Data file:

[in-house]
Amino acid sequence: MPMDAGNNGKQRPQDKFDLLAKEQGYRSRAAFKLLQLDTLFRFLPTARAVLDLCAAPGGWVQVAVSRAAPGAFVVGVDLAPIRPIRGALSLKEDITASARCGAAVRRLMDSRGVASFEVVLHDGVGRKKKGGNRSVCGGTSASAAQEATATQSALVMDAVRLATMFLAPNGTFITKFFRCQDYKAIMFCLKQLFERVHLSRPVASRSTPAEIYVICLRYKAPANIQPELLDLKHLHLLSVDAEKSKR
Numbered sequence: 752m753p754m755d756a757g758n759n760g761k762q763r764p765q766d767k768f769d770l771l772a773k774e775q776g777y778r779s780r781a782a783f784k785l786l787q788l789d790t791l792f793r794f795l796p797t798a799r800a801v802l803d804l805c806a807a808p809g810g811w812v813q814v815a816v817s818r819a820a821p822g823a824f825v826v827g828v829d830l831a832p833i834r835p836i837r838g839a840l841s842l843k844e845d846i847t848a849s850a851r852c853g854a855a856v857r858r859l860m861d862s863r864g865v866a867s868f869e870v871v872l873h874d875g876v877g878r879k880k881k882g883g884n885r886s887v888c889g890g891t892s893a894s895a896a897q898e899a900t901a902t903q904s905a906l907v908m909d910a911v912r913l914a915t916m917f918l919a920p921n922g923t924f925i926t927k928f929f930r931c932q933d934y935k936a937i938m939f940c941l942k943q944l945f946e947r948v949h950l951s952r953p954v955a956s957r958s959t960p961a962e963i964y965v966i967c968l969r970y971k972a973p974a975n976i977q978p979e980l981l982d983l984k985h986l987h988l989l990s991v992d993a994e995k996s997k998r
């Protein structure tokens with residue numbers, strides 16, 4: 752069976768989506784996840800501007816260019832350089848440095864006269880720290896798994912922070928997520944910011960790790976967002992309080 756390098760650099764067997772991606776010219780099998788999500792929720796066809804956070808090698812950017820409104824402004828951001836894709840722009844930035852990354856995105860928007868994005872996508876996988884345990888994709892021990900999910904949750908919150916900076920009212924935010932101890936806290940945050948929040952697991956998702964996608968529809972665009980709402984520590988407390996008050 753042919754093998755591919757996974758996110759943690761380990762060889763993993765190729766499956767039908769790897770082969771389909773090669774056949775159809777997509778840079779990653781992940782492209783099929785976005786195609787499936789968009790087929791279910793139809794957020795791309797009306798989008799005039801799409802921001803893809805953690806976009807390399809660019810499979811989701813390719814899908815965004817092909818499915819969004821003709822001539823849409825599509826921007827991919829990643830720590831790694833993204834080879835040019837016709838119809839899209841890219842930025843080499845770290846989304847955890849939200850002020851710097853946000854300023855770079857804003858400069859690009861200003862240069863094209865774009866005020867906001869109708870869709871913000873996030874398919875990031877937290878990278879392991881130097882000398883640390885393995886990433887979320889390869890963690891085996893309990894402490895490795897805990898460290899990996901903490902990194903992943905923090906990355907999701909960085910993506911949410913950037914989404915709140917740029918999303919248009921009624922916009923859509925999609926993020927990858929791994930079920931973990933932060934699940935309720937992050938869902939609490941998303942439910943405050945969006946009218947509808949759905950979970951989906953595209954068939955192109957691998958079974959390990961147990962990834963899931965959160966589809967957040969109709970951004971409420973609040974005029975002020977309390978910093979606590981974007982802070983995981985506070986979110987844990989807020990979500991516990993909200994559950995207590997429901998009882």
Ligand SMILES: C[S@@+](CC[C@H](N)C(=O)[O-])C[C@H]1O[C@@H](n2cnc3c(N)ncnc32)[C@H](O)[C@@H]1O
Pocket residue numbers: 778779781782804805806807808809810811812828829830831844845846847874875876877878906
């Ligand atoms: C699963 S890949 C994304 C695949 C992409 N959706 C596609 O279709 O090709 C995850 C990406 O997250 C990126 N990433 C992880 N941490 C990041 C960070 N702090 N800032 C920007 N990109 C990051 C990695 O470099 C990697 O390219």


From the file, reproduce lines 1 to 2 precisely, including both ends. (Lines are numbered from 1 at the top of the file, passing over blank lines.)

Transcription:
[in-house]
Amino acid sequence: MPMDAGNNGKQRPQDKFDLLAKEQGYRSRAAFKLLQLDTLFRFLPTARAVLDLCAAPGGWVQVAVSRAAPGAFVVGVDLAPIRPIRGALSLKEDITASARCGAAVRRLMDSRGVASFEVVLHDGVGRKKKGGNRSVCGGTSASAAQEATATQSALVMDAVRLATMFLAPNGTFITKFFRCQDYKAIMFCLKQLFERVHLSRPVASRSTPAEIYVICLRYKAPANIQPELLDLKHLHLLSVDAEKSKR